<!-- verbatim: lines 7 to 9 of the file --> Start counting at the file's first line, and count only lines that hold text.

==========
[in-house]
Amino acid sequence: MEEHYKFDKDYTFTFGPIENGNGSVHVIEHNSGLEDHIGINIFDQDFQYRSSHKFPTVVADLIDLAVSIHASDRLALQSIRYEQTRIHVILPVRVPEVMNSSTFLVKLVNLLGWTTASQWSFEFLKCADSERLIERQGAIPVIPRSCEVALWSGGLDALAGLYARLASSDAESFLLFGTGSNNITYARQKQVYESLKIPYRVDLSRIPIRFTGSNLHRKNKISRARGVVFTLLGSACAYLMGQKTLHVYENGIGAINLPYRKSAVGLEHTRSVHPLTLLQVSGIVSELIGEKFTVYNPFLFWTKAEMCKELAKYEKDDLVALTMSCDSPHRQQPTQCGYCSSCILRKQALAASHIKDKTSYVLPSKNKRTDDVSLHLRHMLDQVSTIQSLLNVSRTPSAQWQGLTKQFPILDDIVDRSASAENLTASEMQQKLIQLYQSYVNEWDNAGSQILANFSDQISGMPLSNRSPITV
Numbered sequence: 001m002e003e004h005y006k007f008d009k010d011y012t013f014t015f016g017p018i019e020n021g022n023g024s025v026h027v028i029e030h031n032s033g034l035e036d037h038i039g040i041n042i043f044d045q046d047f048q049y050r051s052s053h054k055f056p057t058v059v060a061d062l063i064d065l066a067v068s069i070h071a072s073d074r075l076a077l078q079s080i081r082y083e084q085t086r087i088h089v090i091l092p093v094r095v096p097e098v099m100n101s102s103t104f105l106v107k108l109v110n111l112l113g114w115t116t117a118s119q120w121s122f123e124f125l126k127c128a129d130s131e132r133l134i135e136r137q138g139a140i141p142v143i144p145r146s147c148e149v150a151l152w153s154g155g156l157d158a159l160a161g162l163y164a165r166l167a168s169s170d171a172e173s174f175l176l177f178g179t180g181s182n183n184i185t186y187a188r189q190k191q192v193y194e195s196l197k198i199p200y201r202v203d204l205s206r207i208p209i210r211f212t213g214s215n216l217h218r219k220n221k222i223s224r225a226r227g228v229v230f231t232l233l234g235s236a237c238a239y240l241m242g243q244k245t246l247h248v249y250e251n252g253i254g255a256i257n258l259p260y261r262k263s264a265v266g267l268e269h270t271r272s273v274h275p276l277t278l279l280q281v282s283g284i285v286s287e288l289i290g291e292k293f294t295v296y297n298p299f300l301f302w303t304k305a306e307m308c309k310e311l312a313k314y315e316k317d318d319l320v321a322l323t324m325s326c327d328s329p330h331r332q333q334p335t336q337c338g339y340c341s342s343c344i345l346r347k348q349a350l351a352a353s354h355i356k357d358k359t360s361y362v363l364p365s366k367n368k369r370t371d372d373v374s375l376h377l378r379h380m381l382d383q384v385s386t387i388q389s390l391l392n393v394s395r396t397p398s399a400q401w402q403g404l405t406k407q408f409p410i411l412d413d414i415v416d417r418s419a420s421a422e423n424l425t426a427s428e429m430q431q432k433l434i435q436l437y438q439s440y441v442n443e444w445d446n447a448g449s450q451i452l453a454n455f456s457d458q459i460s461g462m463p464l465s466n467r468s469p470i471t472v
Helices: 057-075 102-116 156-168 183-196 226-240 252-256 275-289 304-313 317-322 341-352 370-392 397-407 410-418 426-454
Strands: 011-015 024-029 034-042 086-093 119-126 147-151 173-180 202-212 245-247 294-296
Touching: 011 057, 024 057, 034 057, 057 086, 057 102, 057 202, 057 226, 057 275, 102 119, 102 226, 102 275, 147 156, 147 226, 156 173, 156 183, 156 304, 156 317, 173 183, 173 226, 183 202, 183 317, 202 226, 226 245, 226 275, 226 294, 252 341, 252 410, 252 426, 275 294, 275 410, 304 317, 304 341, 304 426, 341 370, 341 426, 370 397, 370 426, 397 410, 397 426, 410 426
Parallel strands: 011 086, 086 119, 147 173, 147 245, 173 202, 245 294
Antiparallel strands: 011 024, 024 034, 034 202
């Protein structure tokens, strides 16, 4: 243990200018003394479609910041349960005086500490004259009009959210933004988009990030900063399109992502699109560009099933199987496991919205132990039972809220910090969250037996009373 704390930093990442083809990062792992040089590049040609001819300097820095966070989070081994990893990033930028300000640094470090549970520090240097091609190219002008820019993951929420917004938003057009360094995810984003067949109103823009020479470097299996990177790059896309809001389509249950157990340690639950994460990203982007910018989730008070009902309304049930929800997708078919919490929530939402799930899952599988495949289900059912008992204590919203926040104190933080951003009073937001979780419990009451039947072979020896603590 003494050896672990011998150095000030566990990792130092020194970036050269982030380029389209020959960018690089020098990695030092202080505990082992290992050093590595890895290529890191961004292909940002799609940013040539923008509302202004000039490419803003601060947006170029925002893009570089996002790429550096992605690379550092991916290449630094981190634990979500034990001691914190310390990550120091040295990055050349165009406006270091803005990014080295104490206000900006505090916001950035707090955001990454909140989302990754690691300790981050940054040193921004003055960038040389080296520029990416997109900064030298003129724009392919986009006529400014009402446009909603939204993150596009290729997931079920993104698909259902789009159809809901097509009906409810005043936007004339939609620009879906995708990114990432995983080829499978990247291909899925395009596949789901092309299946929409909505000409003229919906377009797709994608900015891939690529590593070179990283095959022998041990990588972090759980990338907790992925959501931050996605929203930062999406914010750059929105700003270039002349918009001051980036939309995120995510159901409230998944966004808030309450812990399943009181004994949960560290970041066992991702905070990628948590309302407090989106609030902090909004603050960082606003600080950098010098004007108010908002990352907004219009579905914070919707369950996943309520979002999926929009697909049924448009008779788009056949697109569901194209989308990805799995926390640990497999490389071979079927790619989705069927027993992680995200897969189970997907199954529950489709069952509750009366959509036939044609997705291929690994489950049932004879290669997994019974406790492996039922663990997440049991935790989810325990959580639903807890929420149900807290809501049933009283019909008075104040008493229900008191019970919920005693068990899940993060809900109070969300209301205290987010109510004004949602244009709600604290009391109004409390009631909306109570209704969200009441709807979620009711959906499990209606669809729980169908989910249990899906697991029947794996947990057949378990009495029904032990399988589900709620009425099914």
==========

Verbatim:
Parallel strands: 011 086, 086 119, 147 173, 147 245, 173 202, 245 294
Antiparallel strands: 011 024, 024 034, 034 202
């Protein structure tokens, strides 16, 4: 243990200018003394479609910041349960005086500490004259009009959210933004988009990030900063399109992502699109560009099933199987496991919205132990039972809220910090969250037996009373 704390930093990442083809990062792992040089590049040609001819300097820095966070989070081994990893990033930028300000640094470090549970520090240097091609190219002008820019993951929420917004938003057009360094995810984003067949109103823009020479470097299996990177790059896309809001389509249950157990340690639950994460990203982007910018989730008070009902309304049930929800997708078919919490929530939402799930899952599988495949289900059912008992204590919203926040104190933080951003009073937001979780419990009451039947072979020896603590 003494050896672990011998150095000030566990990792130092020194970036050269982030380029389209020959960018690089020098990695030092202080505990082992290992050093590595890895290529890191961004292909940002799609940013040539923008509302202004000039490419803003601060947006170029925002893009570089996002790429550096992605690379550092991916290449630094981190634990979500034990001691914190310390990550120091040295990055050349165009406006270091803005990014080295104490206000900006505090916001950035707090955001990454909140989302990754690691300790981050940054040193921004003055960038040389080296520029990416997109900064030298003129724009392919986009006529400014009402446009909603939204993150596009290729997931079920993104698909259902789009159809809901097509009906409810005043936007004339939609620009879906995708990114990432995983080829499978990247291909899925395009596949789901092309299946929409909505000409003229919906377009797709994608900015891939690529590593070179990283095959022998041990990588972090759980990338907790992925959501931050996605929203930062999406914010750059929105700003270039002349918009001051980036939309995120995510159901409230998944966004808030309450812990399943009181004994949960560290970041066992991702905070990628948590309302407090989106609030902090909004603050960082606003600080950098010098004007108010908002990352907004219009579905914070919707369950996943309520979002999926929009697909049924448009008779788009056949697109569901194209989308990805799995926390640990497999490389071979079927790619989705069927027993992680995200897969189970997907199954529950489709069952509750009366959509036939044609997705291929690994489950049932004879290669997994019974406790492996039922663990997440049991935790989810325990959580639903807890929420149900807290809501049933009283019909008075104040008493229900008191019970919920005693068990899940993060809900109070969300209301205290987010109510004004949602244009709600604290009391109004409390009631909306109570209704969200009441709807979620009711959906499990209606669809729980169908989910249990899906697991029947794996947990057949378990009495029904032990399988589900709620009425099914």